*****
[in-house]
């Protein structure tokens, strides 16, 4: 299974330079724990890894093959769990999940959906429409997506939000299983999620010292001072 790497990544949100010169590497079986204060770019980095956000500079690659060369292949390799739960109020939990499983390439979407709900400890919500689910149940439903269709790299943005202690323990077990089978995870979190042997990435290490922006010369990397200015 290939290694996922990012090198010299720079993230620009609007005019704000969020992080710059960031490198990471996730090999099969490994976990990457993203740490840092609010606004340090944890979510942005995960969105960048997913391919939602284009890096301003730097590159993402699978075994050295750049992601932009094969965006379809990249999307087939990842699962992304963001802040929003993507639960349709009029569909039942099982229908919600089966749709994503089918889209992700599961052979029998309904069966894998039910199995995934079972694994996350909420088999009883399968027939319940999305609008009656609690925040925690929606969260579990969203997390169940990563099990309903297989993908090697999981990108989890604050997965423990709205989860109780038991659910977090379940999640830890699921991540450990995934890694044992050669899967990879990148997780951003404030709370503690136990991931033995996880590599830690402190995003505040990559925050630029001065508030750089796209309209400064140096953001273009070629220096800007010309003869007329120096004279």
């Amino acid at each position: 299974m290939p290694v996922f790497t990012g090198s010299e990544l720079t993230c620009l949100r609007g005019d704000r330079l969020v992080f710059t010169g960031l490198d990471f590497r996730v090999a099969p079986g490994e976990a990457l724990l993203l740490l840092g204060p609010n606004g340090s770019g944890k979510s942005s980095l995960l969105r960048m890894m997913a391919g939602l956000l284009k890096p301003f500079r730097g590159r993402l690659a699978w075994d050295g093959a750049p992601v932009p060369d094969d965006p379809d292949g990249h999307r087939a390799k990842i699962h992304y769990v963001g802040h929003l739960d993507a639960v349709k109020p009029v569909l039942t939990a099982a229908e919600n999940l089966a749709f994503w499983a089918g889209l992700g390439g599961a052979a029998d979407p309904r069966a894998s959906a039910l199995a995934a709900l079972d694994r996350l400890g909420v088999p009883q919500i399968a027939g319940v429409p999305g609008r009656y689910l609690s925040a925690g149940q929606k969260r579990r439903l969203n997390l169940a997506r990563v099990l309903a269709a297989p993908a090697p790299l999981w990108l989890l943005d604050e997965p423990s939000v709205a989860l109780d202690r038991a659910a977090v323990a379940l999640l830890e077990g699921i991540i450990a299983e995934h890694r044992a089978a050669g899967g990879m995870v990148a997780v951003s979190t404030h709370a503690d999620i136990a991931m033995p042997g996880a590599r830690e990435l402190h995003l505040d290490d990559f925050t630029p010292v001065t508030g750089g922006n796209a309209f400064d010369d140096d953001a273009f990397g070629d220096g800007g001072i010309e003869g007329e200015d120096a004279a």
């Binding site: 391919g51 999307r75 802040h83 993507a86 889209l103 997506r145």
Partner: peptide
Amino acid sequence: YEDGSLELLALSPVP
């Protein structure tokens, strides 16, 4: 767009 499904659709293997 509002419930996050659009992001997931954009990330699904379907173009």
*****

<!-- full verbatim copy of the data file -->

[in-house]
């Protein structure tokens, strides 16, 4: 299974330079724990890894093959769990999940959906429409997506939000299983999620010292001072 790497990544949100010169590497079986204060770019980095956000500079690659060369292949390799739960109020939990499983390439979407709900400890919500689910149940439903269709790299943005202690323990077990089978995870979190042997990435290490922006010369990397200015 290939290694996922990012090198010299720079993230620009609007005019704000969020992080710059960031490198990471996730090999099969490994976990990457993203740490840092609010606004340090944890979510942005995960969105960048997913391919939602284009890096301003730097590159993402699978075994050295750049992601932009094969965006379809990249999307087939990842699962992304963001802040929003993507639960349709009029569909039942099982229908919600089966749709994503089918889209992700599961052979029998309904069966894998039910199995995934079972694994996350909420088999009883399968027939319940999305609008009656609690925040925690929606969260579990969203997390169940990563099990309903297989993908090697999981990108989890604050997965423990709205989860109780038991659910977090379940999640830890699921991540450990995934890694044992050669899967990879990148997780951003404030709370503690136990991931033995996880590599830690402190995003505040990559925050630029001065508030750089796209309209400064140096953001273009070629220096800007010309003869007329120096004279």
């Amino acid at each position: 299974m290939p290694v996922f790497t990012g090198s010299e990544l720079t993230c620009l949100r609007g005019d704000r330079l969020v992080f710059t010169g960031l490198d990471f590497r996730v090999a099969p079986g490994e976990a990457l724990l993203l740490l840092g204060p609010n606004g340090s770019g944890k979510s942005s980095l995960l969105r960048m890894m997913a391919g939602l956000l284009k890096p301003f500079r730097g590159r993402l690659a699978w075994d050295g093959a750049p992601v932009p060369d094969d965006p379809d292949g990249h999307r087939a390799k990842i699962h992304y769990v963001g802040h929003l739960d993507a639960v349709k109020p009029v569909l039942t939990a099982a229908e919600n999940l089966a749709f994503w499983a089918g889209l992700g390439g599961a052979a029998d979407p309904r069966a894998s959906a039910l199995a995934a709900l079972d694994r996350l400890g909420v088999p009883q919500i399968a027939g319940v429409p999305g609008r009656y689910l609690s925040a925690g149940q929606k969260r579990r439903l969203n997390l169940a997506r990563v099990l309903a269709a297989p993908a090697p790299l999981w990108l989890l943005d604050e997965p423990s939000v709205a989860l109780d202690r038991a659910a977090v323990a379940l999640l830890e077990g699921i991540i450990a299983e995934h890694r044992a089978a050669g899967g990879m995870v990148a997780v951003s979190t404030h709370a503690d999620i136990a991931m033995p042997g996880a590599r830690e990435l402190h995003l505040d290490d990559f925050t630029p010292v001065t508030g750089g922006n796209a309209f400064d010369d140096d953001a273009f990397g070629d220096g800007g001072i010309e003869g007329e200015d120096a004279a």
């Binding site: 391919g51 999307r75 802040h83 993507a86 889209l103 997506r145």
Partner: peptide
Amino acid sequence: YEDGSLELLALSPVP
């Protein structure tokens, strides 16, 4: 767009 499904659709293997 509002419930996050659009992001997931954009990330699904379907173009």